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Since then Mrs. Motte has been classed among the distinguished heroines of the Revolution.

During the remainder of the war Marion was untiring in vigilance and activity. He rendered good service in the battle of Eutaw Springs, pursued the British in their retreat to Charleston, and took care that no detachments should be sent out from that city with impunity. He disbanded his brigade after the withdrawal of the British in 1782, taking a tender leave of his followers, who dearly loved their commander, and returned to his farm almost in a state of poverty. He was subsequently elected to the State Senate, and in 1790 was a member of the convention for framing a new State Constitution. He died in 1795, South Carolina's most famous warrior.



THERE were two brothers of the name of Clark, brave sons of Virginia, who won fame in the history of our country. One of these was Captain William Clark, who took part in the celebrated Lewis and Clark expedition, the first to cross the wide range of mountains and plains from the Mississippi River to the Pacific Ocean. The other was George Rogers Clark, an older brother of William. It is with his exploits that we are here concerned.

George Rogers Clark was born in Albemarle County, Virginia, November 19, 1752. Like Washington, he began his career as a land-surveyor, and like him also was soon engaged in military services, since he was captain of a company of militia in Governor Dunmore's war with the Indians in 1774. Before that time his love of adventure had led him to the wilderness of Kentucky, three years after Daniel Boone's first visit, and while it was still the "dark and bloody ground” of Indian warfare. He went there again in 1775. A few settlers had now made their homes there and for a short time Clark commanded a small body of them in their war with the Indians.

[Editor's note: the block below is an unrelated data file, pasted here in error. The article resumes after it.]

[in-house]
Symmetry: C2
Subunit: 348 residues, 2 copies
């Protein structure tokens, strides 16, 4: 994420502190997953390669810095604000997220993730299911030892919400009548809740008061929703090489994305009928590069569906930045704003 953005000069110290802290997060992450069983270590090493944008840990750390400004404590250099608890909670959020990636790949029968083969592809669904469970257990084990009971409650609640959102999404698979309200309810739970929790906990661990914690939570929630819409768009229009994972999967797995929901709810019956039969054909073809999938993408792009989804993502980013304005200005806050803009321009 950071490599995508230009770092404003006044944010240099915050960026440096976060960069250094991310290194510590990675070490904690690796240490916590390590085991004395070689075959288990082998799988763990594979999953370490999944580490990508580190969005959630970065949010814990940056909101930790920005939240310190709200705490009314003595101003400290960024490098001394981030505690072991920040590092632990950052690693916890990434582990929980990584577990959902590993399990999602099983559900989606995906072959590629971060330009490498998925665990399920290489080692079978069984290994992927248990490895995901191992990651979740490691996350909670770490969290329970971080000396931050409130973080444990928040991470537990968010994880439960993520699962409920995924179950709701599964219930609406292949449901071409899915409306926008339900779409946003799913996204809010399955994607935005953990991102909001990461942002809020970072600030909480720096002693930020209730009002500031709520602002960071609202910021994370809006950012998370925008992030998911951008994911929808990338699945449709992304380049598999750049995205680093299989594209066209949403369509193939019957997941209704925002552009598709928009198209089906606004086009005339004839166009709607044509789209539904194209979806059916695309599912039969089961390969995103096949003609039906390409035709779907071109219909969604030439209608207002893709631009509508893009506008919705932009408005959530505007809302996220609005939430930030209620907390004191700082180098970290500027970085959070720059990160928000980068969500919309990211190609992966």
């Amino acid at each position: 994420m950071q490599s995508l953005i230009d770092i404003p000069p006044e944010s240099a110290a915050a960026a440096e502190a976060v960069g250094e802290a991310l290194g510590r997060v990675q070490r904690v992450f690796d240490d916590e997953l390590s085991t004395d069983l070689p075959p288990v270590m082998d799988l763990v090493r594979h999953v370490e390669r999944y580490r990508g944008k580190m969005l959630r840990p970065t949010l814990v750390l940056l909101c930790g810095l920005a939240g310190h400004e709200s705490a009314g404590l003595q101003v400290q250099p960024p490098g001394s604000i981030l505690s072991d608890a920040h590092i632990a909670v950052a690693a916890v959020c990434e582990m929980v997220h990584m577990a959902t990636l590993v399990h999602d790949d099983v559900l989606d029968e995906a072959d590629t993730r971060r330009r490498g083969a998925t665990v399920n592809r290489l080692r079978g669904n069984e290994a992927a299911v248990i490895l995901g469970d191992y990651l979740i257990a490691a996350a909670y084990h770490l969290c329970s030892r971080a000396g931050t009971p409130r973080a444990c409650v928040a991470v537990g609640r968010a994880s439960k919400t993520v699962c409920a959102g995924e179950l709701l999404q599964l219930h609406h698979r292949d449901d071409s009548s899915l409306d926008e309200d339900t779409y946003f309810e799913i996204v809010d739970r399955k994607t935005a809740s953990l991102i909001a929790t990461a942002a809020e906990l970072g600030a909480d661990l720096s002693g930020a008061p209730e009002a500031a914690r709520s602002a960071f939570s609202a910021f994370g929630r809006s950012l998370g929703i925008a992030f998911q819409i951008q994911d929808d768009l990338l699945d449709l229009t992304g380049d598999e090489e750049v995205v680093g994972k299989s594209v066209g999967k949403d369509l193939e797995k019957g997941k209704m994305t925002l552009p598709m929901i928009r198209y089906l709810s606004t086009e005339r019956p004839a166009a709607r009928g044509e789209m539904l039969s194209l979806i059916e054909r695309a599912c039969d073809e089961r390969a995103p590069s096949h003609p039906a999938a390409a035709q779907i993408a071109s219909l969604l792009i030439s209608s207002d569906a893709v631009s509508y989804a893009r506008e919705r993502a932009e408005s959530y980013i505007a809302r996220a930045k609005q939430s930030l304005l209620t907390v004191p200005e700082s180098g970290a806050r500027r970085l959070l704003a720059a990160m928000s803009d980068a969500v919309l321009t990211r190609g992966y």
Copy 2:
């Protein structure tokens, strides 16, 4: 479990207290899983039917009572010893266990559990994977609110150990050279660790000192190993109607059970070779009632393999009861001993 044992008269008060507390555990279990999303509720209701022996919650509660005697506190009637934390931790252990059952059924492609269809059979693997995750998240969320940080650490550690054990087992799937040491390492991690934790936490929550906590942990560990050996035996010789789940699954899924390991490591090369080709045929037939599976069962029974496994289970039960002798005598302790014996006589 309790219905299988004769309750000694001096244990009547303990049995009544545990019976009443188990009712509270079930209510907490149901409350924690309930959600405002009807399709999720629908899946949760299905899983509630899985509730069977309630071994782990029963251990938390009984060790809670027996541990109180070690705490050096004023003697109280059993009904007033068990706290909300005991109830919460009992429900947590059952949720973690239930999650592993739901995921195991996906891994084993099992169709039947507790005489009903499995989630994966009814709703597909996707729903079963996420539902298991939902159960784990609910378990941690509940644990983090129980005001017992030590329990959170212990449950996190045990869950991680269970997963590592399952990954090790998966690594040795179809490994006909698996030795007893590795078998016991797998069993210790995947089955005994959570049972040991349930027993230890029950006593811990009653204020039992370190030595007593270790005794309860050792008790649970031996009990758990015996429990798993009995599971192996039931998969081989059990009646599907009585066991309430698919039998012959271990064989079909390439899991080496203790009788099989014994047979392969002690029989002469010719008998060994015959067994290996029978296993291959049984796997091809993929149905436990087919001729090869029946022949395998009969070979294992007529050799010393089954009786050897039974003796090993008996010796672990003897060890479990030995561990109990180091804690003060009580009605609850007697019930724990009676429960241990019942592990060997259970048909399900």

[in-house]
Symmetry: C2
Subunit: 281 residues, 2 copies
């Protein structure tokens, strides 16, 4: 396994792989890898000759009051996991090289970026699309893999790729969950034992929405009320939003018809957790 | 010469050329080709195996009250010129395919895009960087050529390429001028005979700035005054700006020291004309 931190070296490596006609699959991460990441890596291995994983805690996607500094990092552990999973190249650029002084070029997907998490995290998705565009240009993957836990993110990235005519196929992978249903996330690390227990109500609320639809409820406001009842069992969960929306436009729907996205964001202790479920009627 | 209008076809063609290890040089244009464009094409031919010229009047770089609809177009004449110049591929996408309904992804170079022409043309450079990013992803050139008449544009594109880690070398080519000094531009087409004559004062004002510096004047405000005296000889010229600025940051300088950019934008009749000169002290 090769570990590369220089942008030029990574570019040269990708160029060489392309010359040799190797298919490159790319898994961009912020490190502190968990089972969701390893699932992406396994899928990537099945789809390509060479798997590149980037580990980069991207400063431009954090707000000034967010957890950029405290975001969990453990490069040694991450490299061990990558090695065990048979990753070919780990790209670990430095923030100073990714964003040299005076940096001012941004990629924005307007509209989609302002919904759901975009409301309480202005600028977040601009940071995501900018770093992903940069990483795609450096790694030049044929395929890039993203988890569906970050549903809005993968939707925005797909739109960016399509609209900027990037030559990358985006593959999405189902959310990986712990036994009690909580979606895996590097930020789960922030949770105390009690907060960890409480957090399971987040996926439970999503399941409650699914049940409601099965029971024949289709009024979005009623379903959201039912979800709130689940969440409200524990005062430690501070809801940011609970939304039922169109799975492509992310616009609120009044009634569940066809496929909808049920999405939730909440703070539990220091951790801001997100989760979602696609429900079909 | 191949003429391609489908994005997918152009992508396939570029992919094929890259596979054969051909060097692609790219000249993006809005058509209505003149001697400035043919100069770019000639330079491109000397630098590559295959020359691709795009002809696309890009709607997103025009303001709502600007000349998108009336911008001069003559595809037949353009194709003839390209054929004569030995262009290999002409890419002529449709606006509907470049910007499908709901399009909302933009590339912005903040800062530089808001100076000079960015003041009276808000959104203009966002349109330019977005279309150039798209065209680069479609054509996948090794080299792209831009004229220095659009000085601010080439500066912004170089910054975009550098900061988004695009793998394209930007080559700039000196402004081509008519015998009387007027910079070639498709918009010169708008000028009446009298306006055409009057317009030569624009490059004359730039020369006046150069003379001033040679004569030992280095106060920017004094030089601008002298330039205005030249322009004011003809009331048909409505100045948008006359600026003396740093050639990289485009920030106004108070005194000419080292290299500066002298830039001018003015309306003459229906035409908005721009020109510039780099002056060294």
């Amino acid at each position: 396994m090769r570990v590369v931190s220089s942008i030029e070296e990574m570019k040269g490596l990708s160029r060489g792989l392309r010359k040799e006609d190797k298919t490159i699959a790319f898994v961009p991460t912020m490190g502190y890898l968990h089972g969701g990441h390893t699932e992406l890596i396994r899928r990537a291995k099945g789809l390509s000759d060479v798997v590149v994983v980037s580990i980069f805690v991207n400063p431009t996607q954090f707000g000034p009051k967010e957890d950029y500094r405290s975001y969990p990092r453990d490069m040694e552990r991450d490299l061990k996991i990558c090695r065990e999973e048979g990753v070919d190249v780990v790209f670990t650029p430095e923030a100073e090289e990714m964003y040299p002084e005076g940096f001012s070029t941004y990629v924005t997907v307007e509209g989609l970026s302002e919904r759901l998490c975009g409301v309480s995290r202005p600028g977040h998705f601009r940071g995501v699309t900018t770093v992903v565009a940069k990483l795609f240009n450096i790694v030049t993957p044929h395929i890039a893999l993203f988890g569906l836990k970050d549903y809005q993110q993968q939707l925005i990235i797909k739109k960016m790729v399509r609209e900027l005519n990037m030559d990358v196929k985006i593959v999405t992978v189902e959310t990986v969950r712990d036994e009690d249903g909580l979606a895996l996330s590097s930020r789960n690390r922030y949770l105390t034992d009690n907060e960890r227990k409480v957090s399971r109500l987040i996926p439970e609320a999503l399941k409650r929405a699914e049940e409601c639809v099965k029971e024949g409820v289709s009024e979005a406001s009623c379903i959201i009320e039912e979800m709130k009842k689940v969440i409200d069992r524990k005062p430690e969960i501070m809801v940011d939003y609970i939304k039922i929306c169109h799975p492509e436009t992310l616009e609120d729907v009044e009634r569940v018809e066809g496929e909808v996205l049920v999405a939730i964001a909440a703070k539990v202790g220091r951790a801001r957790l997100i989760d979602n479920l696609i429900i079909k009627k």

In 1776 he returned to Kentucky, now determined to make that thinly-settled wilderness his home and he soon called together at Harrodsburg a convention of the people, by whose votes he and Gabriel Jones were elected members of the Virginia assembly.


He did not know whether they would be admitted to that aristocratic body, for the position of Kentucky was still an anomalous one and its people were looked upon as semibarbarous frontiersmen. They were correct in supposing that the assembly would not open its doors to representatives of the Wild West, but Patrick Henry, who was then governor of Virginia, received them kindly, and took steps for the formation of Kentucky into a county of Virginia. As such some provision for its defence was deemed necessary, and a supply of gunpowder was sent to Pittsburg and thence down the Ohio, reaching its destination after running the gauntlet of hostile Indians on both banks of the river.

Meanwhile the war of the Revolution, which was proceeding actively in the East, began to make itself felt in the West. The Indians north of the Ohio had become murderously hostile and Clark was satisfied that the British garrisons at the forts in the West were instigating them to this dreadful work, supplying them with arms and ammunition and paying them for scalps. Clark, when assured that this was the case, determined to do what he could to stop it.

There were three military posts—Detroit, on the lakes, and Vincennes and Kaskaskia, in the interior country, which were centres of the Indian incursions. Formerly French settlements, these now were under British control, and there was excellent reason to believe that their new masters were at the bottom of the cruel raids on the settlers.